Full sun; deciduous. All the “Indian series” hybrids were produced at the National Arboretum to improve disease resistance and lengthen the bloom period. ‘Natchez’ is the white-blooming version with striking cinnamon-red peeling bark. There are many full grown specimens around older San Antonio campuses and neighborhoods.
“Natchez” is long-lived and slow-growing. Use it as a shade tree, not a shrub: give it plenty of room and sun, and avoid chopping the tops off in winter (“crape murder”) which serves no purpose other than disfiguring the tree.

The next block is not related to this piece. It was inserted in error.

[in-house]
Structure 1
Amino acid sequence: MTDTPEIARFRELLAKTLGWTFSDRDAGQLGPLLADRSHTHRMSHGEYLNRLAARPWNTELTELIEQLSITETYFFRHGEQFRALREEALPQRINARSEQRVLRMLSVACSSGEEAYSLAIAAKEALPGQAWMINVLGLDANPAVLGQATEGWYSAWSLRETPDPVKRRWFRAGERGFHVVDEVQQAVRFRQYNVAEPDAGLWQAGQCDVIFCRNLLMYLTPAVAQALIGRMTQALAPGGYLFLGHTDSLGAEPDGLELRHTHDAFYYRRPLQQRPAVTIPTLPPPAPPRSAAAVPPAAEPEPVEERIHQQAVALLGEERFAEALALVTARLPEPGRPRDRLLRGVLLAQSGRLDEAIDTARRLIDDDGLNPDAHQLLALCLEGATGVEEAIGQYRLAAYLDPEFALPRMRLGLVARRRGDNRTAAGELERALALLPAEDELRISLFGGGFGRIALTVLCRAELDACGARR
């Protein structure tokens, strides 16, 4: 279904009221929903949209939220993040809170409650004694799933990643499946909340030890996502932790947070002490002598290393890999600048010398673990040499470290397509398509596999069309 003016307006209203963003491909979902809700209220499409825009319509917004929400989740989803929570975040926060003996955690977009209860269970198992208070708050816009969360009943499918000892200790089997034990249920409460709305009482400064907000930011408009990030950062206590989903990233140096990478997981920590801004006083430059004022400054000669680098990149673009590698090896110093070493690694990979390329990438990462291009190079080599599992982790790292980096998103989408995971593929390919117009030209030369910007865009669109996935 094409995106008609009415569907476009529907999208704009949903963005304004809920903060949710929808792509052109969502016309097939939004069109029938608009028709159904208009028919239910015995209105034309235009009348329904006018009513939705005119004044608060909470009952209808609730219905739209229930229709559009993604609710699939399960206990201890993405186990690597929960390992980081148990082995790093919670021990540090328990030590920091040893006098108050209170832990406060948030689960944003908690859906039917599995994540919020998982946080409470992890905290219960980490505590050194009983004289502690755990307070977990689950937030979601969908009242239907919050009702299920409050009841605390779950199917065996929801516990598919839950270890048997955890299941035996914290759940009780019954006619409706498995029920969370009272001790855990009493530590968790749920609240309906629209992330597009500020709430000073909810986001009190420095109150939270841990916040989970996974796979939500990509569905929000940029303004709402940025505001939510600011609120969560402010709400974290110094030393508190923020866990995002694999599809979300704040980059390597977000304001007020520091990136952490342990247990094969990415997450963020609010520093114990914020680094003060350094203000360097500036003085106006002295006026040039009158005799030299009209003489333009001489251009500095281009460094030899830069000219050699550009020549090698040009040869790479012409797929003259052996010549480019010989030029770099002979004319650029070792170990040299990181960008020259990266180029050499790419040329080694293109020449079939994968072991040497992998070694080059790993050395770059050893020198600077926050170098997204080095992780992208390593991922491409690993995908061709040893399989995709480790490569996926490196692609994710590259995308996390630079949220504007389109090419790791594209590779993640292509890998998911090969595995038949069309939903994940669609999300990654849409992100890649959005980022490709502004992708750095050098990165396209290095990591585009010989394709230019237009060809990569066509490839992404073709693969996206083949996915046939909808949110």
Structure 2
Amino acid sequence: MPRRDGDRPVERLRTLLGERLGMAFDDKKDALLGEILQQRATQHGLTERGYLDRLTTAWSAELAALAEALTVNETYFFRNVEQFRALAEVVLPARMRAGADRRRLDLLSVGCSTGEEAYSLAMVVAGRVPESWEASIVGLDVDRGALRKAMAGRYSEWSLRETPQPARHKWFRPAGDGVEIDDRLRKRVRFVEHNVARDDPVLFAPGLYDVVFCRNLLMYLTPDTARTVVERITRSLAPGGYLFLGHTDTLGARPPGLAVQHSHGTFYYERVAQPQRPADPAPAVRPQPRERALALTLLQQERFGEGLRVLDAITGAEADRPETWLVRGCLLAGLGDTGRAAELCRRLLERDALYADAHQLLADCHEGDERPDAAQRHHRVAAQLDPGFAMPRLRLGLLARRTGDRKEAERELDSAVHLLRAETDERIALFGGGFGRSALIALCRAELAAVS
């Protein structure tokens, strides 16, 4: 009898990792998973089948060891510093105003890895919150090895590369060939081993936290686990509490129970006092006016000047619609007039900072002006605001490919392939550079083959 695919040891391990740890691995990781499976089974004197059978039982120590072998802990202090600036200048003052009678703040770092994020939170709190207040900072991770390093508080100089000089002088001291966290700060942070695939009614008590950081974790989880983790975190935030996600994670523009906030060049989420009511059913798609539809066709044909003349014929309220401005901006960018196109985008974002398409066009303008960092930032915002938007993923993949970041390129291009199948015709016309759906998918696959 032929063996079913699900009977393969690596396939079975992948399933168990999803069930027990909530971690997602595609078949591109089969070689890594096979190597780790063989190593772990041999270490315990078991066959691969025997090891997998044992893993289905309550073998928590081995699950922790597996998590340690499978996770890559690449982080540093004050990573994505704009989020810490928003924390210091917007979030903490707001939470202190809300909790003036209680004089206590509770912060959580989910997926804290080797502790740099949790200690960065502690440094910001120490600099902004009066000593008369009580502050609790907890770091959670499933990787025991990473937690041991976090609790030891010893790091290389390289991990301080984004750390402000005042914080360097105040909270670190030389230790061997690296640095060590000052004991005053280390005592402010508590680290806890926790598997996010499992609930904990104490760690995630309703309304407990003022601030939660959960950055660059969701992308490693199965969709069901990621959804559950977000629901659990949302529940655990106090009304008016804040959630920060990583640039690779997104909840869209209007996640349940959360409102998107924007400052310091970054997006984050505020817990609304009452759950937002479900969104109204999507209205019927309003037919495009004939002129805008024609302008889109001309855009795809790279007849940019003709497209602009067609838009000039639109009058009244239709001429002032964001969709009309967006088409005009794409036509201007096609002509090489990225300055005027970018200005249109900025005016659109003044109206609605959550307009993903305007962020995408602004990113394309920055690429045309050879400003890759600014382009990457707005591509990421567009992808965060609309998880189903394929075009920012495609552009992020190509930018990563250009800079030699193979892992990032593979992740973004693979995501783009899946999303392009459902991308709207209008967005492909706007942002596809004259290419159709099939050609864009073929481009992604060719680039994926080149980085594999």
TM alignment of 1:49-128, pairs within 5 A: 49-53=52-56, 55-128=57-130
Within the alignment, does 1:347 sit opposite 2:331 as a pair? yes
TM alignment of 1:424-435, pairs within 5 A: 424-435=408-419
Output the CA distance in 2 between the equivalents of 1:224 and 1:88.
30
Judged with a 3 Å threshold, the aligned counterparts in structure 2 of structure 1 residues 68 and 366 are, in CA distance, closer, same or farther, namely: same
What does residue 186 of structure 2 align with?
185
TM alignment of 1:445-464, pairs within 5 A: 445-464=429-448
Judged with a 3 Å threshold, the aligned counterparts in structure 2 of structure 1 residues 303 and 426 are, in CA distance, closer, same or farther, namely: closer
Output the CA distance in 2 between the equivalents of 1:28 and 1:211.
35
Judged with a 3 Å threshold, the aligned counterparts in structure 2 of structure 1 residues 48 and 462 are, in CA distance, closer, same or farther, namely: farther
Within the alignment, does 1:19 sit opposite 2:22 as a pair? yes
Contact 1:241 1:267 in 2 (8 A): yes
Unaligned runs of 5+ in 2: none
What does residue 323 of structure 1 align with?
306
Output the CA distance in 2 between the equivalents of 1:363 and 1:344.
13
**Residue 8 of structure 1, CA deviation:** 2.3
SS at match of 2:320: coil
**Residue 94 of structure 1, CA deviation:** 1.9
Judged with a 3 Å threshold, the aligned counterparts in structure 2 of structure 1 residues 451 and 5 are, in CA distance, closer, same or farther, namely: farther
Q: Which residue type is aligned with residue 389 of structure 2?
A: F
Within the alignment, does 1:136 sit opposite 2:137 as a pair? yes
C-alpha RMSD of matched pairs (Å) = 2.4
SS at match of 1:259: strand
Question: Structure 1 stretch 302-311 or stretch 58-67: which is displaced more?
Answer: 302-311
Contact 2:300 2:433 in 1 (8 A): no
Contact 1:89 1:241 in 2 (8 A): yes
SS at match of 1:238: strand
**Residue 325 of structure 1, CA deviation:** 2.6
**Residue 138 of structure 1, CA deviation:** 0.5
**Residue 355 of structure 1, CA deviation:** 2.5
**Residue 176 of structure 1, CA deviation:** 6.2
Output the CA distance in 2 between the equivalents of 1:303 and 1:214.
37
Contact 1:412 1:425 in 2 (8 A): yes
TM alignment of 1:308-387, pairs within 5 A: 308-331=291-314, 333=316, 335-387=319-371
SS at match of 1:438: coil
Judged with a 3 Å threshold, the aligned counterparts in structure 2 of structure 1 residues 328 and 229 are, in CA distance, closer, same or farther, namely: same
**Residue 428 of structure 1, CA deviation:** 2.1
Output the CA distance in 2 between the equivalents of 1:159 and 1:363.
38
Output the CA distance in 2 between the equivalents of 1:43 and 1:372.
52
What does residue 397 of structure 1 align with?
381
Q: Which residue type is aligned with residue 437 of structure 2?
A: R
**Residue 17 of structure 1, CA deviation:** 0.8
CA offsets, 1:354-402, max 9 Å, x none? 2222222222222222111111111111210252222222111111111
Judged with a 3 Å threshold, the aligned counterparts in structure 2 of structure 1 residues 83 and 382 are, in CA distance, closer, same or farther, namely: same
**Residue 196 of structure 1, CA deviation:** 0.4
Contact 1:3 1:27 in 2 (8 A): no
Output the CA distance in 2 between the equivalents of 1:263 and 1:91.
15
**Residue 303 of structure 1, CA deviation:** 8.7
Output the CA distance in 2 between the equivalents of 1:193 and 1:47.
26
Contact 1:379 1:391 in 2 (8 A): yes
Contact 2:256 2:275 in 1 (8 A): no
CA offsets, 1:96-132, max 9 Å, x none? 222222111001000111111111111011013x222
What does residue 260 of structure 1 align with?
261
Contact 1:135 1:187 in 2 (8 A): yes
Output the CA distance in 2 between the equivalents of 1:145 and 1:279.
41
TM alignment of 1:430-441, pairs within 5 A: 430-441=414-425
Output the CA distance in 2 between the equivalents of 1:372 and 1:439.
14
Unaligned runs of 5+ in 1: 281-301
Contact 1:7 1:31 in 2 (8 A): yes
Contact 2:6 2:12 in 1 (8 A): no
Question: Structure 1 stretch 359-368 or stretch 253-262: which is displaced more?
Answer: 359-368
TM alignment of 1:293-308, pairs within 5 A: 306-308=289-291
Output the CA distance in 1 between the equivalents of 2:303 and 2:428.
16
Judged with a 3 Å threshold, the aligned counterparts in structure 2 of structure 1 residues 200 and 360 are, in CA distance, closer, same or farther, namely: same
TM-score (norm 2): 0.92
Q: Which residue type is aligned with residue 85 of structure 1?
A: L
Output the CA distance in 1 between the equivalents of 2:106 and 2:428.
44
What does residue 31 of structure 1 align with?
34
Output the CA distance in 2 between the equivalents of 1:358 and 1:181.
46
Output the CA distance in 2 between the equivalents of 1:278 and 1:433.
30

“Natchez” has improved resistance to powdery mildew. In general, pruning can be performed every four to six years; focus on minimizing dead, damaged, or rubbing branches, and removing no more than 25% of the canopy during any five-year period. Leave the upper 2/3 of the crown uncut to maintain a healthy specimen.
Mulch with about 2″ of woodchips or pine bark wherever possible. (A six-foot diameter mulched area is the minimum.) If natural rainfall has been absent for a month or more in drought years and the tree seems badly stressed, water the area beneath the canopy.